Why I Think Rudolph the Red-Nosed Reindeer Promotes Unhealthy Relationships

Yes, you heard me right. This “happy” childrens story is deceptively dark. While Rudolph isn’t the bad guy, the other reindeer and Santa are kind of jacka$$es. Seriously.

(PC: The Chive)

I was planning on writing about this very thing and then I found this picture on The Chive this morning. Makes me feel good to know that I’m not the only one who sees this as a messed up, supposedly feel good story. Have you ever really read the lyrics? Have you ever thought while singing, or reading this to your kids that “huh, this isn’t really teaching my kid a valuable lesson?” I have. Let’s take another look at the lyrics, shall we?

(PC: Do You Know this Stamp?)

What I take away from this song, is that it’s not good to be different. It will only be cool to be different once someone feels that they can benefit from your unique traits. Or if a leader (i.e a famous person, someone you look up to, someone in a position of power, etc.) tells the majority of the group to like the outcast. This isn’t promoting children, or adults even, to appreciate the things that make them special.

There are subtle take away lessons that make it seem okay to have relationships/friendships with people who use you. It teaches you to be a doormat. The reindeer and Santa never even apologized for being so rude. It’s showing that it’s okay to be walked all over and bullied, as long as they accept you into their group once they need you. Ewww. Such a gross way to make relationships.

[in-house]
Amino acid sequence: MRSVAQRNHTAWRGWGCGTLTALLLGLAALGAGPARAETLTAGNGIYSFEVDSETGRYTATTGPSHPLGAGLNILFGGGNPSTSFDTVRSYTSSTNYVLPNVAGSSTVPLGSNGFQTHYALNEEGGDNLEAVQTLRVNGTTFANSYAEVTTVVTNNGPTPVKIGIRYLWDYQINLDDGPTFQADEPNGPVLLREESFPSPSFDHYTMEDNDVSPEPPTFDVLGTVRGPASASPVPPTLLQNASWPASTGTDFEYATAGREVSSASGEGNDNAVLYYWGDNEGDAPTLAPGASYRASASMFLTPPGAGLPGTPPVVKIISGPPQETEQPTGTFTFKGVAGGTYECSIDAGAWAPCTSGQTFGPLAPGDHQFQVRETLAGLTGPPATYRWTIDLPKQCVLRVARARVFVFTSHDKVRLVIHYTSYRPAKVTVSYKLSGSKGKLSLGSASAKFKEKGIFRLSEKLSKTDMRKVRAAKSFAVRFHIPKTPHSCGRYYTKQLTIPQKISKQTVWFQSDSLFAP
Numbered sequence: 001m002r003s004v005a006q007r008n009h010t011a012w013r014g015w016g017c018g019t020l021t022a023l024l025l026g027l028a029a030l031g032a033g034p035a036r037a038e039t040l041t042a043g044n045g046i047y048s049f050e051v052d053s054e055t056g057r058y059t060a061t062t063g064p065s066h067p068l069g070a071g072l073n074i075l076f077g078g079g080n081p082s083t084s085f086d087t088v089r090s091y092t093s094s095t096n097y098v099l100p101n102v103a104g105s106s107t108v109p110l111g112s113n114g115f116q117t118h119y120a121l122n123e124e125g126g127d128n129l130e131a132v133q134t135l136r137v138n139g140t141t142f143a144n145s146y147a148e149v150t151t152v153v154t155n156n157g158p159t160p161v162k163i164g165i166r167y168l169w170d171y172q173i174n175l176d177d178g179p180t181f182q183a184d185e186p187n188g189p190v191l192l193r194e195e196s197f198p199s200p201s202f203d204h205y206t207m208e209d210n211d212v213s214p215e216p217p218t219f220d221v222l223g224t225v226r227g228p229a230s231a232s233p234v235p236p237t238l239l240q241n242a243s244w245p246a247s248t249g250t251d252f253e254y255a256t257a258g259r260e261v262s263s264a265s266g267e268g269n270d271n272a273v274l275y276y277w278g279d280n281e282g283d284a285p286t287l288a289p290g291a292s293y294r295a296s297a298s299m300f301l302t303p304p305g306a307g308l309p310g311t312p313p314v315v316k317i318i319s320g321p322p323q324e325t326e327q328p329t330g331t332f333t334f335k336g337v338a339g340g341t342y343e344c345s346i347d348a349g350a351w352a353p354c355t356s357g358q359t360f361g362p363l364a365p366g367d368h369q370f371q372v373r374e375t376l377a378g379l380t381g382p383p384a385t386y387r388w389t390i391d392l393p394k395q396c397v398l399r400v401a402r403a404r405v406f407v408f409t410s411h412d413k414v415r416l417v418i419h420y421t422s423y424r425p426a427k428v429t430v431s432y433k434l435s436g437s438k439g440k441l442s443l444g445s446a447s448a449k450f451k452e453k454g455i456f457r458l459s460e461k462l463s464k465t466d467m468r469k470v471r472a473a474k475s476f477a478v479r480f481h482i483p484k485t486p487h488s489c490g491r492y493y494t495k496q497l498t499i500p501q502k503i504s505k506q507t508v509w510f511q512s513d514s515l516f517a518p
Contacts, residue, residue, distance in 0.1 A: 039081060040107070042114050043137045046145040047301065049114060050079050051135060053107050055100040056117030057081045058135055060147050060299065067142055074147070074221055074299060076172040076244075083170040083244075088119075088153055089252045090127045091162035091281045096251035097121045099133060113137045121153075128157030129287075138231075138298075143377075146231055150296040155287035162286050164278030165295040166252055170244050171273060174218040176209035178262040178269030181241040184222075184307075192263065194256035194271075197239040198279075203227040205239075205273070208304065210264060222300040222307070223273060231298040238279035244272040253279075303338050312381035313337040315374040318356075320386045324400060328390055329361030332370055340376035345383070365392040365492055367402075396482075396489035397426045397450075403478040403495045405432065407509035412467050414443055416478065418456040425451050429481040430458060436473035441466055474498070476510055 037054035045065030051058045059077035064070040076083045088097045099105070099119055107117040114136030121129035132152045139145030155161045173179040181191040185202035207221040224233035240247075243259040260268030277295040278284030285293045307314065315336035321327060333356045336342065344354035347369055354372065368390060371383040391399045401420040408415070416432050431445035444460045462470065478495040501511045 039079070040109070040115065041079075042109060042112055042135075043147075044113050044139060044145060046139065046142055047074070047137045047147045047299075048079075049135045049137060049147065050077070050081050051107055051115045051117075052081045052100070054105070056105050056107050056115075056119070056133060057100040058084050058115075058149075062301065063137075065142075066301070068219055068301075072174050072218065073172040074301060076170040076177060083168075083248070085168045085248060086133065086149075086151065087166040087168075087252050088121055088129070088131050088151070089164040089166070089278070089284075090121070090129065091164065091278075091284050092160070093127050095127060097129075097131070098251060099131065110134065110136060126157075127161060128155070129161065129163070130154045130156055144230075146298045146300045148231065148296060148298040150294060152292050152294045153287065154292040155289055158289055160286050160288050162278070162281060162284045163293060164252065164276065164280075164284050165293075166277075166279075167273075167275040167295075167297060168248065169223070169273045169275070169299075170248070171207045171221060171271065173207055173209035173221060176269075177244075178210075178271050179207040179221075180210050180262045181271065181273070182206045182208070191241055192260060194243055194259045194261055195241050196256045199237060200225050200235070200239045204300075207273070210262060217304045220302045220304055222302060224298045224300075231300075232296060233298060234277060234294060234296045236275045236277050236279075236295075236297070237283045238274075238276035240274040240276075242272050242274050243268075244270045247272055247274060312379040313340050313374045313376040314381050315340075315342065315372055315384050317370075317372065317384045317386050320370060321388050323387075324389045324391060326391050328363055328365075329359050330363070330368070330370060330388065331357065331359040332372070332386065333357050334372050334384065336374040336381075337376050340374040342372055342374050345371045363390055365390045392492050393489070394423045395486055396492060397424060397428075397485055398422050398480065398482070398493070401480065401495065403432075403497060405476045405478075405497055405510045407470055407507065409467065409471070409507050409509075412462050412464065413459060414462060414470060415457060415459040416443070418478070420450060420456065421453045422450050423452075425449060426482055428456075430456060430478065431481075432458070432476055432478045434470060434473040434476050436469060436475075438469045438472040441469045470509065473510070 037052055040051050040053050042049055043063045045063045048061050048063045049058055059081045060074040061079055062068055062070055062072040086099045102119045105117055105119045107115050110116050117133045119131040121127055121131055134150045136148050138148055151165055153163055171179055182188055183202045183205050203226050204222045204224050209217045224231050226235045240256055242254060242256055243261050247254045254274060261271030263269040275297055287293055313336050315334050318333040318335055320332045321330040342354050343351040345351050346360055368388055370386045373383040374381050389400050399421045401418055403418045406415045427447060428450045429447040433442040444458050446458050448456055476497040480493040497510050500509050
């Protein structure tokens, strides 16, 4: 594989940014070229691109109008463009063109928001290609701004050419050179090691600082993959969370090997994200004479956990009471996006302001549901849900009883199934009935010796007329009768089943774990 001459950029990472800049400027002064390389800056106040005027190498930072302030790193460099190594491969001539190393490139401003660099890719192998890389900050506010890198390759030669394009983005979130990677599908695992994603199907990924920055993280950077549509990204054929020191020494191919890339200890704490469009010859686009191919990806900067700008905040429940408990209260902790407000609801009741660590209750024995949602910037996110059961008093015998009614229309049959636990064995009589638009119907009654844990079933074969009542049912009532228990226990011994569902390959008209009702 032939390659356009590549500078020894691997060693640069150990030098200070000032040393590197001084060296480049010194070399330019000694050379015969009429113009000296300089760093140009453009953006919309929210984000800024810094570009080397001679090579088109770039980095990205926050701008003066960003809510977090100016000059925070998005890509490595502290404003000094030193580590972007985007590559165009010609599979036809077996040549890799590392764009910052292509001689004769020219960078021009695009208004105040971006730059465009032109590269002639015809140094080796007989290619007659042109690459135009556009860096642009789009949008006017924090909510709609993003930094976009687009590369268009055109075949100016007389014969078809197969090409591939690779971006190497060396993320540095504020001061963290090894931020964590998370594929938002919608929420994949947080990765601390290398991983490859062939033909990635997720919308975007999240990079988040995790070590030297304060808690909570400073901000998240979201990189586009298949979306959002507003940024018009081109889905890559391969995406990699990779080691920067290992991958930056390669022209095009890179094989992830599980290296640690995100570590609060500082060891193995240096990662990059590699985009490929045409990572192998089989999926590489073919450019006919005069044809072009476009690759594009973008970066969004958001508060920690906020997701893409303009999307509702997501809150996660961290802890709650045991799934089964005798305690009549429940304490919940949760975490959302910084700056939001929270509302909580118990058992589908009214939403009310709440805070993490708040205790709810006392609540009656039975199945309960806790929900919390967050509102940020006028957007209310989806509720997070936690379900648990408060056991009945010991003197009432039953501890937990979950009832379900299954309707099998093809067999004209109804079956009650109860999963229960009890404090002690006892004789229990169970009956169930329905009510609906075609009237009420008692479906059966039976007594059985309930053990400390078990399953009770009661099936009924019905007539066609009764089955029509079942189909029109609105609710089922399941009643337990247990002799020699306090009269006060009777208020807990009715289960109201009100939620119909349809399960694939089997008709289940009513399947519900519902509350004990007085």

This whole story really upsets me. I think that people get too sensitive over silly things, however, this one just bugs me. What happens after they finish dropping off the Christmas presents? What happens the next Christmas when there isn’t fog. Do the other reindeer really like Rudolph or are they only pretending to because Santa told them too? Yay Rudolph saves the day! What? That’s it? What happens after? There is an unfinished plot. There was no explanation on why Rudolph was already awesome. Also, they never gave a backstory to why he had a red nose. Not that this part really matters, but it would have been nice to be informed.

I’d like to see this movie turn out differently. Like “Hey! Thanks Santa for acknowledging me because you need me. I think I’m good though and don’t actually want the job. I’d like to work at a place where people appreciate my difference. I don’t really feel like hanging around fake people who pick on the underdog. Super cool of you to exploit me, but I’m gonna get out of here.” He can do so much better than Santa and his lame judgmental reindeer who aren’t brave enough to have their own opinions.

Rudoplh was always cool. He didn’t need Santa’s validation to see that. Thanks, but no thanks Santa. Keep on truckin’ Rudolph!

(PC: Maguzz)

2 responses to “Why I Think Rudolph the Red-Nosed Reindeer Promotes Unhealthy Relationships

  1. JustPlayingHouse.com

    Too funny! This exact thought is on my list of things to write about. When my oldest was born (and old enough to watch) we started watching all the old Christmas movies again. We were shocked when we watched this one! Our exact comment was “Wow, this makes Santa look like an ass”. How did we never notice before?

    • Right? This one has bothered me ever since my daughter was born. I’ve wanted to write about it, but now that it’s Christmas season and will be on TV I thought I finally had my chance to vent about jackass Santa! Glad we’re on the same page!